Miami Beach City Commissioner Ricky Arriola has withdrawn his sponsorship of a proposed zoning change that would have allowed AIMCO, the real estate investment trust that owns the Flamingo Point multi-family community on Bay Road, to build a new 300-foot luxury tower on a narrow piece of land on the north side of the property. The current height limit there is 140 feet.
Arriola did not have an issue with this particular project but became frustrated with what he perceived as too much of the burden for legislation falling on his shoulders. As a result, he has pulled nearly all of his sponsorships.
“At one of our most recent Commission meetings in June, I had 17 items on the agenda. Some commissioners had zero,” Arriola said.
“I’ll try to stick to items I have previously committed to, but for the most part, I am done doing the heavy lifting of studying the issues, crafting legislation, shepherding them through the various advisory committees, doing community outreach, meeting with staff/HOAs/consultants etc. only to be nitpicked to death or tanked by my colleagues at the 11th hour simply because a small handful of people speak up at the last minute in opposition of an item.”
“I stick my neck out to get things done for this City, particularly the hard ones and I am happy to take all the arrows and challenges but not when I am doing it alone and certain colleagues just back bench to see which way the wind blows,” Arriola explained.
Without his support, Arriola said, “I suspect we will see new development crawl to a halt. The Flamingo tower project is an illustrative example. I doubt it will find a single sponsor willing to stick their neck out.”
The item had been referred to the Land Use and Sustainability Committee and was on the July 21 agenda. A new Commission sponsor did not come forward by the meeting date so the item was deemed withdrawn and concluded.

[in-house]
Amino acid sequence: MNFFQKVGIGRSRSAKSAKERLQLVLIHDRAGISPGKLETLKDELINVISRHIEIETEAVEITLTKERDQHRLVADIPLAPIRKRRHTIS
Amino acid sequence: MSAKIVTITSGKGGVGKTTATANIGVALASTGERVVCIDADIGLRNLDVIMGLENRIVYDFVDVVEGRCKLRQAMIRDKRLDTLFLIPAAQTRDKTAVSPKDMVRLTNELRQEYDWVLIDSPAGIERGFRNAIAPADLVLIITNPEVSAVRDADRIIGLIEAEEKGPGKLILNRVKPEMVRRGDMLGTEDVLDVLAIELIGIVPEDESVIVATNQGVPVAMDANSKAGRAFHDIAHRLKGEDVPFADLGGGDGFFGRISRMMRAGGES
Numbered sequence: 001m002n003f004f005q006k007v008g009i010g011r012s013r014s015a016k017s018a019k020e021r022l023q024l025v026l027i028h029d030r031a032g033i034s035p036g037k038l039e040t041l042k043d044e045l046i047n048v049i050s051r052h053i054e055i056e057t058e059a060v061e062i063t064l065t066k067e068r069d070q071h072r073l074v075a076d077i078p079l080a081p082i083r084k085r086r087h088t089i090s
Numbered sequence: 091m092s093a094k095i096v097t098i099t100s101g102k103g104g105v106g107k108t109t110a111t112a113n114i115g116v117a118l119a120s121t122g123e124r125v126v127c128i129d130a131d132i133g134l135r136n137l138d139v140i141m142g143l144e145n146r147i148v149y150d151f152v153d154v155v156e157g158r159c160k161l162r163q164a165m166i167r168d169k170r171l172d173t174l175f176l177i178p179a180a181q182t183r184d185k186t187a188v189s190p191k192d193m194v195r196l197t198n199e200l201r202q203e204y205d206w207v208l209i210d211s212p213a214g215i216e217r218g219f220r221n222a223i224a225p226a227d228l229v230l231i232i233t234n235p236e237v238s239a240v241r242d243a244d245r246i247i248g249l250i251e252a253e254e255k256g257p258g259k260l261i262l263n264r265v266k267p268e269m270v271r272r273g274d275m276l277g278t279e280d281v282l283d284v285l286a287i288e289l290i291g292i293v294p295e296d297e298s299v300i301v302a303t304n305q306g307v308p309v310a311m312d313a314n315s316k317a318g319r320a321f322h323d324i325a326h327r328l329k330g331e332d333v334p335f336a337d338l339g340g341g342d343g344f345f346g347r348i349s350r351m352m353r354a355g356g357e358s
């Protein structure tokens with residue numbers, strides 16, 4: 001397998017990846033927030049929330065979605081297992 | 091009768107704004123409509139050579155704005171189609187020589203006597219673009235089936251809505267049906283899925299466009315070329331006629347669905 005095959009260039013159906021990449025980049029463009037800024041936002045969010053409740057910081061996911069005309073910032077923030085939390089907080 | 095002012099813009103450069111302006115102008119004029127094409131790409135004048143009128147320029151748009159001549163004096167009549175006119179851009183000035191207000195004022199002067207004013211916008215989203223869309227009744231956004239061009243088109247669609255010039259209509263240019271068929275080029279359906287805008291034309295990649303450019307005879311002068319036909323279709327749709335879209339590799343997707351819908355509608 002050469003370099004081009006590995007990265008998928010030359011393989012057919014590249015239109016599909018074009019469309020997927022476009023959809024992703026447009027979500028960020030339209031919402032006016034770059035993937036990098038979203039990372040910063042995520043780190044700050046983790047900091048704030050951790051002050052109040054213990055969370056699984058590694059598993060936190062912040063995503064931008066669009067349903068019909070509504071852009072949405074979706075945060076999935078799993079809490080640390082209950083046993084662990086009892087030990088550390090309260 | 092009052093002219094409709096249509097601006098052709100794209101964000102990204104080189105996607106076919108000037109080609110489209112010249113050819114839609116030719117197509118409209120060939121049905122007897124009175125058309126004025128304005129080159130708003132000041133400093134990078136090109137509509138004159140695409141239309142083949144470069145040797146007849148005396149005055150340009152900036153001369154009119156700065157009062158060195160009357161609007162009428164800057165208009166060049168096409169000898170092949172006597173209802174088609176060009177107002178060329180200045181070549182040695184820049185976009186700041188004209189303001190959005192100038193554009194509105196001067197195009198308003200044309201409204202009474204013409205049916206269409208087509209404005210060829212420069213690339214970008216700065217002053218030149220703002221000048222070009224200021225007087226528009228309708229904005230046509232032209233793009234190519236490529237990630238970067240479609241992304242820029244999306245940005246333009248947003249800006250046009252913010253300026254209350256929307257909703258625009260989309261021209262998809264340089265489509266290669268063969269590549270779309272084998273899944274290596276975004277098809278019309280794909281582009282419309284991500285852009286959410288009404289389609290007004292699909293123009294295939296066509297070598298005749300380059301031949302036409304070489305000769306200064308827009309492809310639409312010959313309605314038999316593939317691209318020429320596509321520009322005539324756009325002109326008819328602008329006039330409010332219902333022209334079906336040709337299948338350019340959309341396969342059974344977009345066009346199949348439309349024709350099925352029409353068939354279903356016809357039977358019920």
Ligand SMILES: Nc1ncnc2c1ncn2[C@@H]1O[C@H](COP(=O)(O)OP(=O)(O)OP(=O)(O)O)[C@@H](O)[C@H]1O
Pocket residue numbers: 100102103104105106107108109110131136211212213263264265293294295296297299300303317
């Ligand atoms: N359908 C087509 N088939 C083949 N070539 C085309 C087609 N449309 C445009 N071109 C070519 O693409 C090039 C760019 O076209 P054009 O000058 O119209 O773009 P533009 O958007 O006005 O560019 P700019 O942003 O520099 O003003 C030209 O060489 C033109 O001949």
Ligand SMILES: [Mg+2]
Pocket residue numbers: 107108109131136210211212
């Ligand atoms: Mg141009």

Flamingo Point currently has approximately 100,000 sq ft of buildable floor area which attorney Michael Larkin of Bercow Radell Fernandez Larkin & Tapanes noted in a letter to the City’s Planning Department “under current regulations can only be distributed horizontally throughout the long and narrow lot.”
In contrast, he wrote, “The long and wide footprints of such buildings eliminate permeable area, which works against the City’s efforts to increase green space and permeability, while also obstructing views,” Larkin wrote.
A 24-story, narrow building, Larkin said, would increase green and permeable space “and reduce stress on the City’s stormwater infrastructure” while staying in context with surrounding buildings which range from 26 to 36 stories.
AIMCO did not respond to a request for comment on any future plans.
UPDATE: AIMCO provided this statement with attorney Michael Larkin on Monday, July 27:
“As you know, Commissioner Arriola withdrew as sponsor from multiple legislative proposals that he had agreed to sponsor immediately before the June Land Use Committee meeting, including ours. We will likely file a private application and bring the legislation to the Mayor and City Commission in the fall of this year. This proposed building will be built using the already existing surplus floor area within the property. Our proposed legislation requests an increase in height, a slight decrease in setbacks, and a revision to the liner requirement. Collectively, these requested changes will allow the construction of a taller more elegant building with breathtaking views of the bay and larger units. As the regulations are worded now, only a short and squat building could be constructed with smaller units that would have a far greater impact upon our residential neighbors to the north.”
Rendering: Stantec Architecture
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